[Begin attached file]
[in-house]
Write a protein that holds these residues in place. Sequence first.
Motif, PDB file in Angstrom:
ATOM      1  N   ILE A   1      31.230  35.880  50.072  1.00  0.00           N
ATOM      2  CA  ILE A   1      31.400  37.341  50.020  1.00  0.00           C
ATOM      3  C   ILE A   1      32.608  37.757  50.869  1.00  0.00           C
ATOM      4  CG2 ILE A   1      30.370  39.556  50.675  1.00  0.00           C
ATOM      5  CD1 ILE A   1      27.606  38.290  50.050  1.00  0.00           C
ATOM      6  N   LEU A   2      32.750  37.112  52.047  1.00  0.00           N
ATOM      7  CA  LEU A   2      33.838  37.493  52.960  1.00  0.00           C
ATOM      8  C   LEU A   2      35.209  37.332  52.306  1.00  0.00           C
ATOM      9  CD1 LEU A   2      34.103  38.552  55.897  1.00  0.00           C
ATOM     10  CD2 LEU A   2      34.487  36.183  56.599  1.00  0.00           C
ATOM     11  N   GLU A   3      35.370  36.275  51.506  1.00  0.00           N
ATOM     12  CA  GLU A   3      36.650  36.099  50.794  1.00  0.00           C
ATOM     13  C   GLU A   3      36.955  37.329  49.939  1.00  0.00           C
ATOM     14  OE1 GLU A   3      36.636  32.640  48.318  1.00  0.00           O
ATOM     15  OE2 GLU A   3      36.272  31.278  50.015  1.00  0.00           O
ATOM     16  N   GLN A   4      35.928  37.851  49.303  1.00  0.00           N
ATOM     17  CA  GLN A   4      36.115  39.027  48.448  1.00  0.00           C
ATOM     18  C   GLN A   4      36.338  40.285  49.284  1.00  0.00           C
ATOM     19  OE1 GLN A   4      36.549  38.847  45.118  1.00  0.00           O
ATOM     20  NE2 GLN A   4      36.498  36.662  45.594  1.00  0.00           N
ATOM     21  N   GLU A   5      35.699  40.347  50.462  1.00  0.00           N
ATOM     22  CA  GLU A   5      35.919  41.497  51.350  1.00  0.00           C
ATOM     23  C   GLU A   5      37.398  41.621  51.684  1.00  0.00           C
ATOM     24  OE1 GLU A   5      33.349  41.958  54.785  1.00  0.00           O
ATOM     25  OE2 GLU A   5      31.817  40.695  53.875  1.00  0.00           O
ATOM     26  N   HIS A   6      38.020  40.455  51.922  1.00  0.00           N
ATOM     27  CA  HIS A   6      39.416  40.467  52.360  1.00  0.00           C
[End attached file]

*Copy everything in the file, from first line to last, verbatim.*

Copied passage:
[in-house]
Write a protein that holds these residues in place. Sequence first.
Motif, PDB file in Angstrom:
ATOM      1  N   ILE A   1      31.230  35.880  50.072  1.00  0.00           N
ATOM      2  CA  ILE A   1      31.400  37.341  50.020  1.00  0.00           C
ATOM      3  C   ILE A   1      32.608  37.757  50.869  1.00  0.00           C
ATOM      4  CG2 ILE A   1      30.370  39.556  50.675  1.00  0.00           C
ATOM      5  CD1 ILE A   1      27.606  38.290  50.050  1.00  0.00           C
ATOM      6  N   LEU A   2      32.750  37.112  52.047  1.00  0.00           N
ATOM      7  CA  LEU A   2      33.838  37.493  52.960  1.00  0.00           C
ATOM      8  C   LEU A   2      35.209  37.332  52.306  1.00  0.00           C
ATOM      9  CD1 LEU A   2      34.103  38.552  55.897  1.00  0.00           C
ATOM     10  CD2 LEU A   2      34.487  36.183  56.599  1.00  0.00           C
ATOM     11  N   GLU A   3      35.370  36.275  51.506  1.00  0.00           N
ATOM     12  CA  GLU A   3      36.650  36.099  50.794  1.00  0.00           C
ATOM     13  C   GLU A   3      36.955  37.329  49.939  1.00  0.00           C
ATOM     14  OE1 GLU A   3      36.636  32.640  48.318  1.00  0.00           O
ATOM     15  OE2 GLU A   3      36.272  31.278  50.015  1.00  0.00           O
ATOM     16  N   GLN A   4      35.928  37.851  49.303  1.00  0.00           N
ATOM     17  CA  GLN A   4      36.115  39.027  48.448  1.00  0.00           C
ATOM     18  C   GLN A   4      36.338  40.285  49.284  1.00  0.00           C
ATOM     19  OE1 GLN A   4      36.549  38.847  45.118  1.00  0.00           O
ATOM     20  NE2 GLN A   4      36.498  36.662  45.594  1.00  0.00           N
ATOM     21  N   GLU A   5      35.699  40.347  50.462  1.00  0.00           N
ATOM     22  CA  GLU A   5      35.919  41.497  51.350  1.00  0.00           C
ATOM     23  C   GLU A   5      37.398  41.621  51.684  1.00  0.00           C
ATOM     24  OE1 GLU A   5      33.349  41.958  54.785  1.00  0.00           O
ATOM     25  OE2 GLU A   5      31.817  40.695  53.875  1.00  0.00           O
ATOM     26  N   HIS A   6      38.020  40.455  51.922  1.00  0.00           N
ATOM     27  CA  HIS A   6      39.416  40.467  52.360  1.00  0.00           C